We recognize that traditions of research and mentoring vary widely across disciplines. In order to provide a more inclusive list of suggestions, we want to hear from you! How have you adapted your mentoring practice and/or research for remote undergraduates? Do you have any suggestions we can share? Let us know here. We’ll update this page with your input.
The above information was summarized from the following resources:
Austin College Johnson Center
Cornell University Graduate School
NC State University Office of Undergraduate Research
Northwestern University Searle Center
Some Advice for PhD Students and Their Mentors in the Time of Coronavirus
The University of Tennessee Knoxville Office of Undergraduate Research
University of Colorado Colorado Springs Center for Student Research
Additional Resources:
NORDP’s Mentoring in a Time of Crisis and Uncertainty
The Research Skill Development Framework
*Special acknowledgements to Dr. Rachel Hayes-Harb & Megan Shannahan

Collaborating with Undergraduate Researchers at the U

January 4, 2022
Collaborating with Undergraduate Researchers at the U
The Office of Undergraduate Research and the Office of the Vice President for Research are committed to fostering and supporting faculty success in research through collaborations with undergraduate researchers.
The Office of the Vice President for Research (VPR) provides resources and support for University of Utah’s researchers to foster an environment of creativity, discovery, and advanced knowledge.
The Office of Undergraduate Research (OUR) resides in the Office of Undergraduate Studies. The mission of the University of Utah Office of Undergraduate Research is to facilitate and promote undergraduate student-faculty collaborative research and creative works in all disciplines throughout the University of Utah campus. In recognition that excellence requires diversity, OUR pursues this mission through equitable programming that promotes diverse representation and social justice. OUR is well recognized for programming including Undergraduate Research Opportunities Program (UROP), the Summer Program for Undergraduate Research (SPUR), the Undergraduate Research Scholar Designation (URSD), Undergraduate Research Symposia (URS Spring, Summer, and Fall), the annual Undergraduate Research Journal, and the Undergraduate Research Education Series, among other exciting opportunities.
The VPR Office and OUR have a longstanding history of collaboration to fulfill the university’s mission to foster student success by preparing students from diverse backgrounds for lives of impact as leaders and citizens through research.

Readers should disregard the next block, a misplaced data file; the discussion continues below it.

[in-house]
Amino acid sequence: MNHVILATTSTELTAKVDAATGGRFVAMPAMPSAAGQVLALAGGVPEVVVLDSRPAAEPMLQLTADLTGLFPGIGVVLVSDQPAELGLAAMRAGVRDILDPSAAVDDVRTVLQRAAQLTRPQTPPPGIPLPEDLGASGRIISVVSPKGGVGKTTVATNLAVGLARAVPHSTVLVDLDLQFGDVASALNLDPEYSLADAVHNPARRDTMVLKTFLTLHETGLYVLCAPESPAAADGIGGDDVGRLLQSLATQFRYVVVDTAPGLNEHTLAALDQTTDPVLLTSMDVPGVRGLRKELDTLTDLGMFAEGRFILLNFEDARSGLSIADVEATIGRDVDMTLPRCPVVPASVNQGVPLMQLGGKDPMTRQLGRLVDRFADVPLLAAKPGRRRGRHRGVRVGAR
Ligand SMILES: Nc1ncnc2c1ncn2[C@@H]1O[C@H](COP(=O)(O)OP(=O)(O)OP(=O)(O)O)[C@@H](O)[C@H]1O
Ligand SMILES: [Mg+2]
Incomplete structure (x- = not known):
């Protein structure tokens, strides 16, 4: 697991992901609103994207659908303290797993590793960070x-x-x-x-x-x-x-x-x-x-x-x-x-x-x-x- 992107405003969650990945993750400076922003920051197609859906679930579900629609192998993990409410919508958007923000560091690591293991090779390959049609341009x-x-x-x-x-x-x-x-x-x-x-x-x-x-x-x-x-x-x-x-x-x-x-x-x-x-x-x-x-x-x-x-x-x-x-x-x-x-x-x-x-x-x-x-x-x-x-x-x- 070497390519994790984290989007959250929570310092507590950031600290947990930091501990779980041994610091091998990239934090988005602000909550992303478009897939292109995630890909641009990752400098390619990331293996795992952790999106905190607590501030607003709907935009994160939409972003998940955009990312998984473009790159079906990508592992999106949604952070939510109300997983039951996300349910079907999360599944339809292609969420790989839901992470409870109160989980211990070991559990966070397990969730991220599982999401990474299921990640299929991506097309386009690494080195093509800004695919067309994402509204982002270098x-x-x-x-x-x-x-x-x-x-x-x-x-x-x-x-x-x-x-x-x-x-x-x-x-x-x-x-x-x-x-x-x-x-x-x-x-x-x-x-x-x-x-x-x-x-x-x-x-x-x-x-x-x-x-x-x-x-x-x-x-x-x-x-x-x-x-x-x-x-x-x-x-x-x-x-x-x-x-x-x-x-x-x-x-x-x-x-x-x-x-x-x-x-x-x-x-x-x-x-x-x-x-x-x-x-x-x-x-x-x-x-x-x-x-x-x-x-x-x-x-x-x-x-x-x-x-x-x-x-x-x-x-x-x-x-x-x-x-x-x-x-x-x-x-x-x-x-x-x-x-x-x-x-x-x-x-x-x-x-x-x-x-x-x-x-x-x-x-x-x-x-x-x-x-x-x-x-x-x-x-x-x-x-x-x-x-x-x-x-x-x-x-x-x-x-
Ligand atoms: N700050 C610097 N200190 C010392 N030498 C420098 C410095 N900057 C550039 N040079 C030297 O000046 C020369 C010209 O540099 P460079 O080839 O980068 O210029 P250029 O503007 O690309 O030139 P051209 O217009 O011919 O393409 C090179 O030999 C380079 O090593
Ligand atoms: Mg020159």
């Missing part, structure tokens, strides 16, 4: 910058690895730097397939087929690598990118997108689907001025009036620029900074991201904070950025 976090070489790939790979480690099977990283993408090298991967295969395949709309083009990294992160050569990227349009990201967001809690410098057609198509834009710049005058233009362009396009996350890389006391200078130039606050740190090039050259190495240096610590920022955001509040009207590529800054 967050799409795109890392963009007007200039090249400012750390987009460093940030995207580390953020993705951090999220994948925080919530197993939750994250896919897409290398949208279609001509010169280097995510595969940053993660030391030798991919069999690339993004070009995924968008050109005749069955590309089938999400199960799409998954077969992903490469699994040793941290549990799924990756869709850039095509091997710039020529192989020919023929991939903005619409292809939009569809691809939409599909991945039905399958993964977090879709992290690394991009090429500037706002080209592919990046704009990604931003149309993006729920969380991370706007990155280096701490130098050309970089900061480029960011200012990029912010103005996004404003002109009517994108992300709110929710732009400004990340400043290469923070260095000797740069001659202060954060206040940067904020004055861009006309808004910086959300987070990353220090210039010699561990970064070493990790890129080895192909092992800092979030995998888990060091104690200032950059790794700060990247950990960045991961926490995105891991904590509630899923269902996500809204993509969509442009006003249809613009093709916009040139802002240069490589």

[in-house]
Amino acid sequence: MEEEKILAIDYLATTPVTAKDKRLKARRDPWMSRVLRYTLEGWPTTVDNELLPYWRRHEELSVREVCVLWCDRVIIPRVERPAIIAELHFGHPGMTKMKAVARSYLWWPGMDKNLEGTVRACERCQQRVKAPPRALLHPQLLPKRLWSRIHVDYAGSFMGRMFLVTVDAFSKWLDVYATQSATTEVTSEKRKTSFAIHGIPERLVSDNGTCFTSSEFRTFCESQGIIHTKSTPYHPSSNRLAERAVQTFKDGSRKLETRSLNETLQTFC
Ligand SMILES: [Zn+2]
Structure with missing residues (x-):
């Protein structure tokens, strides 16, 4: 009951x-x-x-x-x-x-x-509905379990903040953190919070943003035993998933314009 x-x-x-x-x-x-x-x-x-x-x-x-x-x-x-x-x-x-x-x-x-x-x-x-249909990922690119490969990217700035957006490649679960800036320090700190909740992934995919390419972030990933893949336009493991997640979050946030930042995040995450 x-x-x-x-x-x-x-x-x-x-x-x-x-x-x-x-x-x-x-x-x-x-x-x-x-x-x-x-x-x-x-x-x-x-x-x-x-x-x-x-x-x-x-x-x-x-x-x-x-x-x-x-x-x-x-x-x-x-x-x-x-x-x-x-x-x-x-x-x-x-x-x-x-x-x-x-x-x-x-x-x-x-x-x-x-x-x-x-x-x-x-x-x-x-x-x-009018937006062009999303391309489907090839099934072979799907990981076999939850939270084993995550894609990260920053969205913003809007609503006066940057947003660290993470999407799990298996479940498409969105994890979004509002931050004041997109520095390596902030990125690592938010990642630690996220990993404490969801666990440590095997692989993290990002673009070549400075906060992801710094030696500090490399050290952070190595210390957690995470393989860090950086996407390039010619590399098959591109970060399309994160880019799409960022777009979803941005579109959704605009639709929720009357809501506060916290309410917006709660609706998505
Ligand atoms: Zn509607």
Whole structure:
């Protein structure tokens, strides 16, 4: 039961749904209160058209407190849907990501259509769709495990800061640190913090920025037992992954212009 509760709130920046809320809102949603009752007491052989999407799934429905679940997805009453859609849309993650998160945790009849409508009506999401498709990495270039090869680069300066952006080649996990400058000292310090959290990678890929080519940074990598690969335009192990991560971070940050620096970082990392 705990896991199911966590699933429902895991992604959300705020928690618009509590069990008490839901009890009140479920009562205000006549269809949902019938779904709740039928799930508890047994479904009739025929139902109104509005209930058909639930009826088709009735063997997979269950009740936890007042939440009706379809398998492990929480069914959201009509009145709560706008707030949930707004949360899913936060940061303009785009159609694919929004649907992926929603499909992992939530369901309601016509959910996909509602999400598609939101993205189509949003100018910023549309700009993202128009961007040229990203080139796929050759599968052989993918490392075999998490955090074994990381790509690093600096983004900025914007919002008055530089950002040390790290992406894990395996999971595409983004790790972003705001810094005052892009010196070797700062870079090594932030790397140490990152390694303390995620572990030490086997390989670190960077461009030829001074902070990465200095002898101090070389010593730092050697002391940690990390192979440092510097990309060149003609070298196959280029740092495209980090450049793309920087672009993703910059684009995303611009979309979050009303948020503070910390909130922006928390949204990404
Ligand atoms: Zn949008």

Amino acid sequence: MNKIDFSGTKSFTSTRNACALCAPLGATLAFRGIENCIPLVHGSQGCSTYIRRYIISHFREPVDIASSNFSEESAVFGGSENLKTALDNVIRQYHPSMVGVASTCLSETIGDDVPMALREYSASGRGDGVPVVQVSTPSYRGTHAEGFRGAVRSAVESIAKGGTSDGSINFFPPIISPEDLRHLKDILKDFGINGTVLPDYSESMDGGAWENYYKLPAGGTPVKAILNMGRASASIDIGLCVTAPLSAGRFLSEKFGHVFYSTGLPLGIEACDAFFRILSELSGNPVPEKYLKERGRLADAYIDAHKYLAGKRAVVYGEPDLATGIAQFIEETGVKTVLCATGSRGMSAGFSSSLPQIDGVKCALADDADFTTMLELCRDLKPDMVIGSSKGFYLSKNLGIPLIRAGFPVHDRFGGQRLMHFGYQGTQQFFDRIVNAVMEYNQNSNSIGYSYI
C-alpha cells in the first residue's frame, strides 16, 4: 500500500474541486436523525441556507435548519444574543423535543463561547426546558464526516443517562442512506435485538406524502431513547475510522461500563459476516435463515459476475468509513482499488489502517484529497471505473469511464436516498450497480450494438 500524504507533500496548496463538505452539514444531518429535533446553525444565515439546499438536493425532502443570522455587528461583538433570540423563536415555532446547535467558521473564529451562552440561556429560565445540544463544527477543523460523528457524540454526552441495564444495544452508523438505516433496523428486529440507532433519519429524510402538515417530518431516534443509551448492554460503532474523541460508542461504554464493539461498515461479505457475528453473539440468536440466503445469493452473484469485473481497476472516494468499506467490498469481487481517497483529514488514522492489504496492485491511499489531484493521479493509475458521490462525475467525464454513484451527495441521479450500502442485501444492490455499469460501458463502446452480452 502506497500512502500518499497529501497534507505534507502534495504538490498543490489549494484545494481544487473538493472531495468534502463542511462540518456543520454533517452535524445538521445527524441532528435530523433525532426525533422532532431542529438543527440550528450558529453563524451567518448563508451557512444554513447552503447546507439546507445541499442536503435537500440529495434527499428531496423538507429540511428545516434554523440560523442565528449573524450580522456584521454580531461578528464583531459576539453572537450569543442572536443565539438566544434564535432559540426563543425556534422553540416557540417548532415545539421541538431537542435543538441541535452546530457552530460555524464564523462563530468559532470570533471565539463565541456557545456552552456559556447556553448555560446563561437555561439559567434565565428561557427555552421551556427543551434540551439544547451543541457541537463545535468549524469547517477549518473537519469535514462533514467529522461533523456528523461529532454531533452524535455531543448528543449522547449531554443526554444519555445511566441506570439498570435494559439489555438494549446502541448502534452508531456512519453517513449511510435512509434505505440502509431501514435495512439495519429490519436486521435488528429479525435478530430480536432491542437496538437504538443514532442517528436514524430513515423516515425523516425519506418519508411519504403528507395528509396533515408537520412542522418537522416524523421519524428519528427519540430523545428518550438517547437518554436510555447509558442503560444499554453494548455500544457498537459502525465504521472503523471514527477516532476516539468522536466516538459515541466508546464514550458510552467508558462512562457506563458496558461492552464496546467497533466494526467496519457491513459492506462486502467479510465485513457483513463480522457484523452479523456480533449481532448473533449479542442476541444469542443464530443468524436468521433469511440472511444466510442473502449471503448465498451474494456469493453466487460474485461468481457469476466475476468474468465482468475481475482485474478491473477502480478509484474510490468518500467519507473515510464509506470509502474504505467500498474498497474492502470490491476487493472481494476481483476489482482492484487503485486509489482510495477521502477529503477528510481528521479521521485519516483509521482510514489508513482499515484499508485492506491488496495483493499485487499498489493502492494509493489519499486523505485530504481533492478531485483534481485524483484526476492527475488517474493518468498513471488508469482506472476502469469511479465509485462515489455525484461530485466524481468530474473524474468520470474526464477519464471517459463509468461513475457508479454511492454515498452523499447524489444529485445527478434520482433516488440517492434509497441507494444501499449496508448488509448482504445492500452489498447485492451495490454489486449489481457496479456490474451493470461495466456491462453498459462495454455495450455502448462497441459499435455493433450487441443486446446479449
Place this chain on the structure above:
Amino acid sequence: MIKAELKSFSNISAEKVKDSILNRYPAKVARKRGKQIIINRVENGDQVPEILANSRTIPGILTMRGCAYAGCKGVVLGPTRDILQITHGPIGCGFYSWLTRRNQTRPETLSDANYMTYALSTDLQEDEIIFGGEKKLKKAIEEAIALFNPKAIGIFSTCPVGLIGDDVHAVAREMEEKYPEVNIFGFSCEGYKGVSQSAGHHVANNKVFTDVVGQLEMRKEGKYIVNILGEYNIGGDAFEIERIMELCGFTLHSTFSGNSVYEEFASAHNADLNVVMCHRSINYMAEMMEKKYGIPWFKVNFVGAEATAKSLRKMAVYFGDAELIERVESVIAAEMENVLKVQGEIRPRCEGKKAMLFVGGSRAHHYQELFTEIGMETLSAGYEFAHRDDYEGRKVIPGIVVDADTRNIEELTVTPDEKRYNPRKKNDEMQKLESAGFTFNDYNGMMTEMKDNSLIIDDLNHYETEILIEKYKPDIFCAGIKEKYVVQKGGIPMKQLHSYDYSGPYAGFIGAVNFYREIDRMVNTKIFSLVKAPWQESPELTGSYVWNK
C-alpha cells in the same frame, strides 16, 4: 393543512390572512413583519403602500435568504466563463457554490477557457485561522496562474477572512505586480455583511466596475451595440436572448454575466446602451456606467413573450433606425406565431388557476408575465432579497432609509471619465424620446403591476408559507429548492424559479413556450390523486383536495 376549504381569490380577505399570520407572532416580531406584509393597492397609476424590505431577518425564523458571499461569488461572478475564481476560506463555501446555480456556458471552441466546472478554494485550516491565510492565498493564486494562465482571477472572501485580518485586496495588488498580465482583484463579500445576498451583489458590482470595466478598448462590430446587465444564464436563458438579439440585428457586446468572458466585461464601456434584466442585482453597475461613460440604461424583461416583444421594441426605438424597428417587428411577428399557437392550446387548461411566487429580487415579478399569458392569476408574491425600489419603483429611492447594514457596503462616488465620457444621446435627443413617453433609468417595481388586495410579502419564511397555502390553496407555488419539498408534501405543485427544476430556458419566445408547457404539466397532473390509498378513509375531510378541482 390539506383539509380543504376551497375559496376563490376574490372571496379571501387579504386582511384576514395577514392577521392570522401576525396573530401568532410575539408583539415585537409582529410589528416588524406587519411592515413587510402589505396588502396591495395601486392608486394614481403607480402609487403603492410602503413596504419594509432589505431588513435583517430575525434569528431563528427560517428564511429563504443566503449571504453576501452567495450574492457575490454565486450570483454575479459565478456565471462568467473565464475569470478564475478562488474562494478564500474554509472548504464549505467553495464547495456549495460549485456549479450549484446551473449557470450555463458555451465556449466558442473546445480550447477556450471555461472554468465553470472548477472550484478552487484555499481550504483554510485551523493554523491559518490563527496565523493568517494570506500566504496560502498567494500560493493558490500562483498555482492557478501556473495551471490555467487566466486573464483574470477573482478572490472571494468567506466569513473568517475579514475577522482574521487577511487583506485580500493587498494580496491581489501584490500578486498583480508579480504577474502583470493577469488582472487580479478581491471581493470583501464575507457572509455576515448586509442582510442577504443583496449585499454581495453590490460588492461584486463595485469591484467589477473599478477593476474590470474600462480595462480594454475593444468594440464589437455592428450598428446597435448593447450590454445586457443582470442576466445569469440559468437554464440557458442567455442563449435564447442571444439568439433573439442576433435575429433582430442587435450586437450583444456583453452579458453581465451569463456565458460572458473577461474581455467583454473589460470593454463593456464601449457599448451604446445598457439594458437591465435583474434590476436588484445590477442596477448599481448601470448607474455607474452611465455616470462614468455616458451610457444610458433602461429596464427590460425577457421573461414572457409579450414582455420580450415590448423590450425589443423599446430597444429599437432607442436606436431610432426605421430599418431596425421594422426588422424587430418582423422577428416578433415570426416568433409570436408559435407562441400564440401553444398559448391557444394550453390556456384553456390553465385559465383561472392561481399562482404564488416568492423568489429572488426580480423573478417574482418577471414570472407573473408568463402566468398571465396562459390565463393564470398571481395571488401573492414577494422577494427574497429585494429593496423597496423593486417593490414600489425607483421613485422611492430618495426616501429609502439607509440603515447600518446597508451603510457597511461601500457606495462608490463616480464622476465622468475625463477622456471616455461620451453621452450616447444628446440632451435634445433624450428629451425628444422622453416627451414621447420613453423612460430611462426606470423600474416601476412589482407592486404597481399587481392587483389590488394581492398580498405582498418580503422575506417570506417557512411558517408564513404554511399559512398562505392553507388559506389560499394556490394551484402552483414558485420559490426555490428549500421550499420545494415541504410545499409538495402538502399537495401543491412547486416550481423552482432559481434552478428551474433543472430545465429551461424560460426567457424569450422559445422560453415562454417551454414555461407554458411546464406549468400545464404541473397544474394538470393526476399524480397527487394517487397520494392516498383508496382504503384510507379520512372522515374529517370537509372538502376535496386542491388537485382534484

To better serve researchers, faculty and student alike, and effectively collaborate with staff, we offer the following recommendations:

Undergraduate researchers can be vital collaborators, contributors on a research team, and are the next generation of future researchers. We encourage researchers with grants or foundation funds budget to incorporate compensating undergraduate researchers as part of their team. Undergraduate researchers can play a significant role in assisting a research project and supporting and undergraduate researcher fosters the mentoring environment the University of Utah is committed to. For National Science Foundation grantees, it is encouraged the Principal Investigator(s) consider making their project a Research Experiences for Undergraduates (REU) Site. Consult with your college Associate Dean of Research, Dean, or Office of Sponsored Projects.
Undergraduate researchers can be onboarded in a myriad of ways, here are two options for paid undergraduate researchers:

Hire undergraduate researchers as part-time temporary employees through Human Resources. Students are able to then be paid through payroll where they receive direct payments via direct deposit or a check sent to their address. Additionally, if hiring a non-University of Utah researcher, this allows HR to offer a UNID to the undergraduate researcher which provides access to UTA, the library, student life center, and RedMed. Consult your college human resources analyst if you have questions, or contact Human Resources to learn more about department/college contacts.
Some NSF grantees are considered an NSF Research Traineeship Program. If this applies to you, then we encourage you to onboard your undergraduate researcher as a trainee. If this is the case, please consult with Financial and Business Services. If onboarding a non-University of Utah researcher, consult FBS in advance of onboarding the student to find out if your researcher will have taxes deducted or be eligible for an affiliate UNID.
Encourage your researcher to take advantage of programming and resources with OUR. OUR offers the following:

Coordinates and brings together partners across campus working with undergraduate researchers through the Summer Programs Partnership.
Provides other financial opportunities including Travel & Small Grants of up to $500; Undergraduate Research Opportunity Scholars Program (UROP); and we provide scholarships.
Student researchers may be eligible for an Undergraduate Research Scholar Designation that shows up on their transcripts and includes a cord at graduation.
Have your undergraduate researcher share the amazing research that also fosters professional development by presenting at the Undergraduate Research Symposium.
Educational programming is vital for ongoing learning for undergraduate researchers across campus, check out the OUR Undergraduate Research Education Series.
Information sharing is vital to research – OUR has a wide-network of social, email communities, and opportunities that we are more than happy to promote opportunities to OUR community.
OUR provides advising to any undergraduate researcher at the University of Utah. We see our role as supporting researchers at any stage of their research journey and are here to support faculty working with undergraduate mentees.